Aidan Moran, Nick Sevdalis, and Lauren Wallace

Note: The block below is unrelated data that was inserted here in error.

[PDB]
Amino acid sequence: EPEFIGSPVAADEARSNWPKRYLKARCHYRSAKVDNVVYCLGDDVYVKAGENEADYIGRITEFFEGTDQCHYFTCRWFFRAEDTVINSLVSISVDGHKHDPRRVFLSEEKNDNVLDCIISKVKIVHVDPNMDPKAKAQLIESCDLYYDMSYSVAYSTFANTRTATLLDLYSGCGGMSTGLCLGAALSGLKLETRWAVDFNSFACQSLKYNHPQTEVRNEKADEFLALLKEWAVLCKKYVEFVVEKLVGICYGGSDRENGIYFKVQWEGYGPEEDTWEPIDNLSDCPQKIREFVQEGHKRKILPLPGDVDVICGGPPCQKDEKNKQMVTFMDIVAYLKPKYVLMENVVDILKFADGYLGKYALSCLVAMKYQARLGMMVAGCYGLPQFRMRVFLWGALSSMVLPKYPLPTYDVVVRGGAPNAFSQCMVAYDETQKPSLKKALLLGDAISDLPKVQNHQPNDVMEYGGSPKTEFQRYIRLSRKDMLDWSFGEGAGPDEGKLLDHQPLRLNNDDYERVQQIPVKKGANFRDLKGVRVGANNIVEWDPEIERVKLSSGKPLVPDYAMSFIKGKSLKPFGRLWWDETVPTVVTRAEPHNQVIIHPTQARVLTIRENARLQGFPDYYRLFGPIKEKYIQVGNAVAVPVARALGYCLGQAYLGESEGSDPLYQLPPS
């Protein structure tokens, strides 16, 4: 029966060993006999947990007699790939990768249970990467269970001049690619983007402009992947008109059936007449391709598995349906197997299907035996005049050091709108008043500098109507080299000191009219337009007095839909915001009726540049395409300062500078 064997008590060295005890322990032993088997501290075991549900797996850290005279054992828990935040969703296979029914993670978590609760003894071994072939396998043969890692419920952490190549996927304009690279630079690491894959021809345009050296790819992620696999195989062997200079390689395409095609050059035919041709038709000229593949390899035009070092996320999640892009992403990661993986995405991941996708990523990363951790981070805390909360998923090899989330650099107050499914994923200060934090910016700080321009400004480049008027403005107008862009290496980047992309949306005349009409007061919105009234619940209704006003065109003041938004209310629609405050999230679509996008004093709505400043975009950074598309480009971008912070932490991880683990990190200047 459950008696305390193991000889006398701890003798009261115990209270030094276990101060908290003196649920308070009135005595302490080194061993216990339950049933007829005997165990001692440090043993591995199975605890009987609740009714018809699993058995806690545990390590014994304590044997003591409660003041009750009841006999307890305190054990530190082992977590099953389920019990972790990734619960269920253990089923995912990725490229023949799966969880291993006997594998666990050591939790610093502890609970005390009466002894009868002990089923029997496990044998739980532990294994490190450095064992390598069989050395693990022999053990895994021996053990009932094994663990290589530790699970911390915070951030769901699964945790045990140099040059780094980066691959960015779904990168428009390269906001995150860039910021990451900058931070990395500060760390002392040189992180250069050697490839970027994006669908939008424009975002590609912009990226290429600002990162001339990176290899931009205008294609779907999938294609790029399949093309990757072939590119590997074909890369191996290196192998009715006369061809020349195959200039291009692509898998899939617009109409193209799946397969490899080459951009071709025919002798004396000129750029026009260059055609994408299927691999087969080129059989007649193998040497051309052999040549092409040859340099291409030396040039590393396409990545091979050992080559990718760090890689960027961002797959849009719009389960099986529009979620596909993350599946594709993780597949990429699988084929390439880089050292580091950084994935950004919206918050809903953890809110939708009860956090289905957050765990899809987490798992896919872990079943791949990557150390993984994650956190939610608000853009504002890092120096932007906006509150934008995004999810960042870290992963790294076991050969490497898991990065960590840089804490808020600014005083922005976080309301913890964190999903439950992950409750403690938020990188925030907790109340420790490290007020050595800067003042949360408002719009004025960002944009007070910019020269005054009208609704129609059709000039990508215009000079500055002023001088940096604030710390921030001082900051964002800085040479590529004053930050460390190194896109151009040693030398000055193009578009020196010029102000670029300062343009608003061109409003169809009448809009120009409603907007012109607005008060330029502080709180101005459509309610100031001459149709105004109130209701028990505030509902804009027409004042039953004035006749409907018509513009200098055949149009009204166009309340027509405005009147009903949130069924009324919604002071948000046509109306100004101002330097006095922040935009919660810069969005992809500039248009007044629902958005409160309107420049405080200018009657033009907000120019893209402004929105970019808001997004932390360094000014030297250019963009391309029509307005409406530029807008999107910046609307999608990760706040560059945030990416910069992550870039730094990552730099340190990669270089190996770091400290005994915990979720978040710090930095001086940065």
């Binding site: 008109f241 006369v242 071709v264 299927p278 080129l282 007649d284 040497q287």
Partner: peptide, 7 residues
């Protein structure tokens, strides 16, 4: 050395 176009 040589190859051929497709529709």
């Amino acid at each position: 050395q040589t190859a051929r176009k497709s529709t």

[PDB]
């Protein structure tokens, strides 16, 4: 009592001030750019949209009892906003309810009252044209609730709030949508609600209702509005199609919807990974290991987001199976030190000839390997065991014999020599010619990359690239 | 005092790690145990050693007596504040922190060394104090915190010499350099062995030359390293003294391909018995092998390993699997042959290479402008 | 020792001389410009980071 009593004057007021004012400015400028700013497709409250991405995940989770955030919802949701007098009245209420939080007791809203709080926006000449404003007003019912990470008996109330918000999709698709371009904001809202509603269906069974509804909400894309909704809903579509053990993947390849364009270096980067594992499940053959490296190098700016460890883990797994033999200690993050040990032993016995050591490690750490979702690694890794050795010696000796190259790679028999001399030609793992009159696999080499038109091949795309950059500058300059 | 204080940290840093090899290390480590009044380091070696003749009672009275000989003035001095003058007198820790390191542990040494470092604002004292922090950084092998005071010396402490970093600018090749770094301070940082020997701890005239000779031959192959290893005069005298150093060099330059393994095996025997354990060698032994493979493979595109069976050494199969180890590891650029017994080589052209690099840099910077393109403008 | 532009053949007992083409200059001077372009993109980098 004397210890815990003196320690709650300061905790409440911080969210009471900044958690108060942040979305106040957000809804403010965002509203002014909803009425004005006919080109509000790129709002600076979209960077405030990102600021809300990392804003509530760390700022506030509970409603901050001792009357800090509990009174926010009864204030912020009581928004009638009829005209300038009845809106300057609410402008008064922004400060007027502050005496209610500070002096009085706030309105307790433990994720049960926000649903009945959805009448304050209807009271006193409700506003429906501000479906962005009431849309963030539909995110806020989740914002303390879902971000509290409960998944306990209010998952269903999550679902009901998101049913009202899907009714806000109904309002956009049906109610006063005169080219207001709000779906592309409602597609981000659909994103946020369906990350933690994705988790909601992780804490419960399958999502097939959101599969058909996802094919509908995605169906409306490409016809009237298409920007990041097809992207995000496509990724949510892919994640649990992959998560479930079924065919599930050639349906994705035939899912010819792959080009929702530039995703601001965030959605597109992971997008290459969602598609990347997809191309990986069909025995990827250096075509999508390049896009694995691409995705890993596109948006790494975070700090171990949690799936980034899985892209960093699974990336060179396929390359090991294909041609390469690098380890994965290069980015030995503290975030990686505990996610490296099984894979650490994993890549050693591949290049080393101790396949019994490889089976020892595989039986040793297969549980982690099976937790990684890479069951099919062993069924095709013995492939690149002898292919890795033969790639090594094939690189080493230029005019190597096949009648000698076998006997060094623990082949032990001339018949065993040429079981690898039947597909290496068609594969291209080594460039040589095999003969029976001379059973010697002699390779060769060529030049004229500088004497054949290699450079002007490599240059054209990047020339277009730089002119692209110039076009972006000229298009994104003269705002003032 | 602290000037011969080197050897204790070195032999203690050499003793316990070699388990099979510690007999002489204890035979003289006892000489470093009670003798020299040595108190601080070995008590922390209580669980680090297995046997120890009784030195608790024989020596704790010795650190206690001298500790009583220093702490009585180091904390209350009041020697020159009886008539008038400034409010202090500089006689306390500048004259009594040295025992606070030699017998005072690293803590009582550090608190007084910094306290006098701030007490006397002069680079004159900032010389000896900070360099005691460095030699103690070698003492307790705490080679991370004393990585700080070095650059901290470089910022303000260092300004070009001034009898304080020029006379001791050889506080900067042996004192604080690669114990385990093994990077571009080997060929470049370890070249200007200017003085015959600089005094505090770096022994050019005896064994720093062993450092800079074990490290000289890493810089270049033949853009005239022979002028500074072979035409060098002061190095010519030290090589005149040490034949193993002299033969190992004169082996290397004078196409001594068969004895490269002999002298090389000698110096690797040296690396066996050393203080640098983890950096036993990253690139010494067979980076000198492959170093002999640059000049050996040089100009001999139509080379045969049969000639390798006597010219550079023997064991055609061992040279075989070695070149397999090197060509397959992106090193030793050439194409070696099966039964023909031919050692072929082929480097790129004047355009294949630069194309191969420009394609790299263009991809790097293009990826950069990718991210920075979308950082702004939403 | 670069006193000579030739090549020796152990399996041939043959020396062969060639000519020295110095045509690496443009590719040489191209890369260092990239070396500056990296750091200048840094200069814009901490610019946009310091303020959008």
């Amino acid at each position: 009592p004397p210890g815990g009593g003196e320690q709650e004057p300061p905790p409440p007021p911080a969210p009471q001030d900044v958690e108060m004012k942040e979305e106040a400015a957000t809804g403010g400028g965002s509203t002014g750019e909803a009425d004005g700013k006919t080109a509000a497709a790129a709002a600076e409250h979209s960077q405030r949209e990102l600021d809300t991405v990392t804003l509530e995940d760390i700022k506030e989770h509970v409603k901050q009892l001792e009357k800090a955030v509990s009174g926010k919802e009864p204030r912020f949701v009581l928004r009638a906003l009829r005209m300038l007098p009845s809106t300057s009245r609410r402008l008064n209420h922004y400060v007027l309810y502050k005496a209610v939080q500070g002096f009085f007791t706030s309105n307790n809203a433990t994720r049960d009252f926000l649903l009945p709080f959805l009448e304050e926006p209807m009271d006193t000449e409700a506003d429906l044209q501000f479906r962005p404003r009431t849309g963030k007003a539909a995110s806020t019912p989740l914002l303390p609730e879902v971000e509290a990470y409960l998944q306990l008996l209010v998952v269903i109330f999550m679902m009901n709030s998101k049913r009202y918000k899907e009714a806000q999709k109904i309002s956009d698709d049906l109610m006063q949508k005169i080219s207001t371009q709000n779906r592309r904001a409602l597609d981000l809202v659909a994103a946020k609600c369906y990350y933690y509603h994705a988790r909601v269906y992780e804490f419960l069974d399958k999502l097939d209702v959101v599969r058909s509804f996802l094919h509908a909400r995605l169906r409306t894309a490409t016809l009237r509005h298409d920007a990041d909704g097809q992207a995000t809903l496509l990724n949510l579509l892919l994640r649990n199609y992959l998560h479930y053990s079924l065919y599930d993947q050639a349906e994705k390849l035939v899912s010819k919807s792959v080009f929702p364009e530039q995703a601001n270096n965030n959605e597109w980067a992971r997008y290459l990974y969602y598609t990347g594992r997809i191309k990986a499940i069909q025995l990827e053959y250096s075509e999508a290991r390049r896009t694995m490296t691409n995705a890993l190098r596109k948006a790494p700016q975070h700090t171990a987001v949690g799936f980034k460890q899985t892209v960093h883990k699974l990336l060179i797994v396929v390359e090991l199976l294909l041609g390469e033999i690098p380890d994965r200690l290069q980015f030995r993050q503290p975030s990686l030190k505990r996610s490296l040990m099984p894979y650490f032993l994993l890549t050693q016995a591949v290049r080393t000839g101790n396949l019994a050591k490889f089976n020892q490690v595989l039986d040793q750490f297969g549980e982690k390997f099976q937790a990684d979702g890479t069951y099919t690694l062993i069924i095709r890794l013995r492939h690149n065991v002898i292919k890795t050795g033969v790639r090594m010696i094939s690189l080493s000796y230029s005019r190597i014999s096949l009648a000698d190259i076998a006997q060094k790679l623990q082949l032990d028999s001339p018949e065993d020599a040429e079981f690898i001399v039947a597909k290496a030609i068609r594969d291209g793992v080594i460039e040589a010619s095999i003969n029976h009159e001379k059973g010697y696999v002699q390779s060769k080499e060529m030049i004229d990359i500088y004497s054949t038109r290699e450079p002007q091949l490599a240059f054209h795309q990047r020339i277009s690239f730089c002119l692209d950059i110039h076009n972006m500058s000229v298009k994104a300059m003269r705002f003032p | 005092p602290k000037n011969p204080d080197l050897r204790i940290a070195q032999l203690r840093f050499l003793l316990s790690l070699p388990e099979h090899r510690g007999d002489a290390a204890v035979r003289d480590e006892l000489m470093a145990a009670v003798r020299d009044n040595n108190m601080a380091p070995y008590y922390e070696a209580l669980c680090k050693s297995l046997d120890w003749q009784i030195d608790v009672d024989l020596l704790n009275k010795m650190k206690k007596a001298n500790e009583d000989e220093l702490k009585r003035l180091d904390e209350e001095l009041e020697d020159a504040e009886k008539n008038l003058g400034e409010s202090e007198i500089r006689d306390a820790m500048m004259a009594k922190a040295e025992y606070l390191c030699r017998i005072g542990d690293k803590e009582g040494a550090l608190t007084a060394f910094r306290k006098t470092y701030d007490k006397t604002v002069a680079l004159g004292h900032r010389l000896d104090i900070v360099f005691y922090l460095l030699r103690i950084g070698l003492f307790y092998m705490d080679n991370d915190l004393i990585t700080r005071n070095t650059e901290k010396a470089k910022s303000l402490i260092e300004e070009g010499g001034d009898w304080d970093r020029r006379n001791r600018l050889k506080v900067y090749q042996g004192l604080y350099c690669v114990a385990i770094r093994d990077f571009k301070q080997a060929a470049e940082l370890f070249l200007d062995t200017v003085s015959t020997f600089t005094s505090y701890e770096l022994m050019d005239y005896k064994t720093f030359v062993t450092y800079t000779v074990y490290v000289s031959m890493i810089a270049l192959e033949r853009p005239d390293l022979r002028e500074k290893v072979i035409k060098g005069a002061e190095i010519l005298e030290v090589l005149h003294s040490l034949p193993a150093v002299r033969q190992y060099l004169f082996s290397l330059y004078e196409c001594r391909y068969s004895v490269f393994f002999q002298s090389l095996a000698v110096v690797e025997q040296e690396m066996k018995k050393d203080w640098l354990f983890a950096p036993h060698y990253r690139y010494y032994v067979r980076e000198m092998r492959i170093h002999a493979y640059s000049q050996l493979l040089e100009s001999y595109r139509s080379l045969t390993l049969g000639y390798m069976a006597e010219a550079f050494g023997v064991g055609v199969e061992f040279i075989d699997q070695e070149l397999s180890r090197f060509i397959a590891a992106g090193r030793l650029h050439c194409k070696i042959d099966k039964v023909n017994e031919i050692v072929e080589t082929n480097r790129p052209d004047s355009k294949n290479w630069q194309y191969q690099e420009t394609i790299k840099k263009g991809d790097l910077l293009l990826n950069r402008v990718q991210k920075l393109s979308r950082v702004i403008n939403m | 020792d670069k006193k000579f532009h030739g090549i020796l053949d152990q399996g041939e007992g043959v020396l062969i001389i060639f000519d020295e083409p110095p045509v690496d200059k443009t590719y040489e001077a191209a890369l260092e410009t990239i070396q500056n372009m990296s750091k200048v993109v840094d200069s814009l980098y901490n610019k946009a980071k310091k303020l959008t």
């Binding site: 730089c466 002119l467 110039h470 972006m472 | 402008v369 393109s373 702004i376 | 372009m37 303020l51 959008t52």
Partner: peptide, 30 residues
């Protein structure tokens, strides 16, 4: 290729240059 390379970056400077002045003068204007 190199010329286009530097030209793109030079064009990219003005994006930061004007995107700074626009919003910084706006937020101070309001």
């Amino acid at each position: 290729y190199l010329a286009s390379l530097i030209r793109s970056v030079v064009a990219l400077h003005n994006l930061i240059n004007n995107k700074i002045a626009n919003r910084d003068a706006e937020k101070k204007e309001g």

At first glance, there are certain similarities between performance in surgery and that in competitive sports. Clearly, both require exceptional gross and fine motor ability and effective concentration skills, and both are routinely performed in dynamic environments, often under time constraints. On closer inspection, however, crucial differences emerge between these skilled domains. For example, surgery does not involve directly antagonistic opponents competing for victory. Nevertheless, analogies between surgery and sport have contributed to an upsurge of research interest in the psychological processes that underlie expertise in surgical performance. Of these processes, perhaps the most frequently investigated in recent years is that of motor imagery (MI) or the cognitive simulation skill that enables us to rehearse actions in our imagination without engaging in the physical movements involved. Research on motor imagery training (MIT; also called motor imagery practice, MIP) has important theoretical and practical implications. Specifically, at a theoretical level, hundreds of experimental studies in psychology have demonstrated the efficacy of MIT/MIP in improving skill learning and skilled performance in a variety of fields such as sport and music. The most widely accepted explanation of these effects comes from “simulation theory,” which postulates that executed and imagined actions share some common neural circuits and cognitive mechanisms. Put simply, imagining a skill activates some of the brain areas and neural circuits that are involved in its actual execution. Accordingly, systematic engagement in MI appears to “prime” the brain for optimal skilled performance. At the practical level, as surgical instruction has moved largely from an apprenticeship model (the so-called see one, do one, teach one approach) to one based on simulation technology and practice (e.g., the use of virtual reality equipment), there has been a corresponding growth of interest in the potential of cognitive training techniques (e.g., MIT/MIP) to improve and augment surgical skills and performance. Although these cognitive training techniques suffer both from certain conceptual confusion (e.g., with regard to the clarity of key terms) and inadequate empirical validation, they offer considerable promise in the quest for a cost-effective supplementary training tool in surgical education. Against this background, it is important for researchers and practitioners alike to explore the cognitive psychological factors (such as motor imagery) that underlie surgical skill learning and performance.